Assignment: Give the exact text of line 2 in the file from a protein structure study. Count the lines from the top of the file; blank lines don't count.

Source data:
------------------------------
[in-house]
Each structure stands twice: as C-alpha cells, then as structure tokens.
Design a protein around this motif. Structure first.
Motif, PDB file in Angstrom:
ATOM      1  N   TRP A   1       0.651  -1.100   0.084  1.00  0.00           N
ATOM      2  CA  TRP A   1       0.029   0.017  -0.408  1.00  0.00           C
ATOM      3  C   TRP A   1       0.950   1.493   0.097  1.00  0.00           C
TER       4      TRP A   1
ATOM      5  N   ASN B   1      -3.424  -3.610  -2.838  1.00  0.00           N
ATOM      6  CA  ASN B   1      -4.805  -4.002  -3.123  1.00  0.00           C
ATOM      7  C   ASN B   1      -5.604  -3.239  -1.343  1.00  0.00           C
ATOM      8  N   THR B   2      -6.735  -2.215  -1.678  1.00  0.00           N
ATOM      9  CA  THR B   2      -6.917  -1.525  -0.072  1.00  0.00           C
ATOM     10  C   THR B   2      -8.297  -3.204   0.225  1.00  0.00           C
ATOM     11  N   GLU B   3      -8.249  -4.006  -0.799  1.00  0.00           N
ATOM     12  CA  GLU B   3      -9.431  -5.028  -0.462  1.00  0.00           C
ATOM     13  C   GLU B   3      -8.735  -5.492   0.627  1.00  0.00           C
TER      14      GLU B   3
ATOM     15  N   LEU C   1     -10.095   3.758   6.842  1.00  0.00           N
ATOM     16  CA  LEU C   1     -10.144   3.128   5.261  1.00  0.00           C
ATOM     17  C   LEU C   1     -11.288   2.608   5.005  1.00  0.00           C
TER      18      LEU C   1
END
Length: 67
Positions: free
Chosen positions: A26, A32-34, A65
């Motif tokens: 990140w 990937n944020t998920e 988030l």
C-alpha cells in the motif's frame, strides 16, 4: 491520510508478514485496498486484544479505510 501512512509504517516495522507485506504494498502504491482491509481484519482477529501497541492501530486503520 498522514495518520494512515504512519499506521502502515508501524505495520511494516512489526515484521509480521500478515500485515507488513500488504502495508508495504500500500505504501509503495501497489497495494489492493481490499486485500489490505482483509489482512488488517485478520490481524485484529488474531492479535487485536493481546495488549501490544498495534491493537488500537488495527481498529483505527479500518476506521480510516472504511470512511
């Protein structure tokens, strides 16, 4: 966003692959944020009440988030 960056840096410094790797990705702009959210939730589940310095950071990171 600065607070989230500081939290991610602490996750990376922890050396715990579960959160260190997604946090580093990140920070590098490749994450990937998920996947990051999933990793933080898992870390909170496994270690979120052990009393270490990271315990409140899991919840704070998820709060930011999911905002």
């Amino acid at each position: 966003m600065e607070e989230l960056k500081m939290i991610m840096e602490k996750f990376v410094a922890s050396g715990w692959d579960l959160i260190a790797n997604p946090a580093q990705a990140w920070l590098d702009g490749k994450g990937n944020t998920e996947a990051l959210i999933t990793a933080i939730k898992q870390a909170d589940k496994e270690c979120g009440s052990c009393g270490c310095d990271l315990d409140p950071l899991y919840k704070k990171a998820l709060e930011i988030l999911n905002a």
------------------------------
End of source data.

Each structure stands twice: as C-alpha cells, then as structure tokens.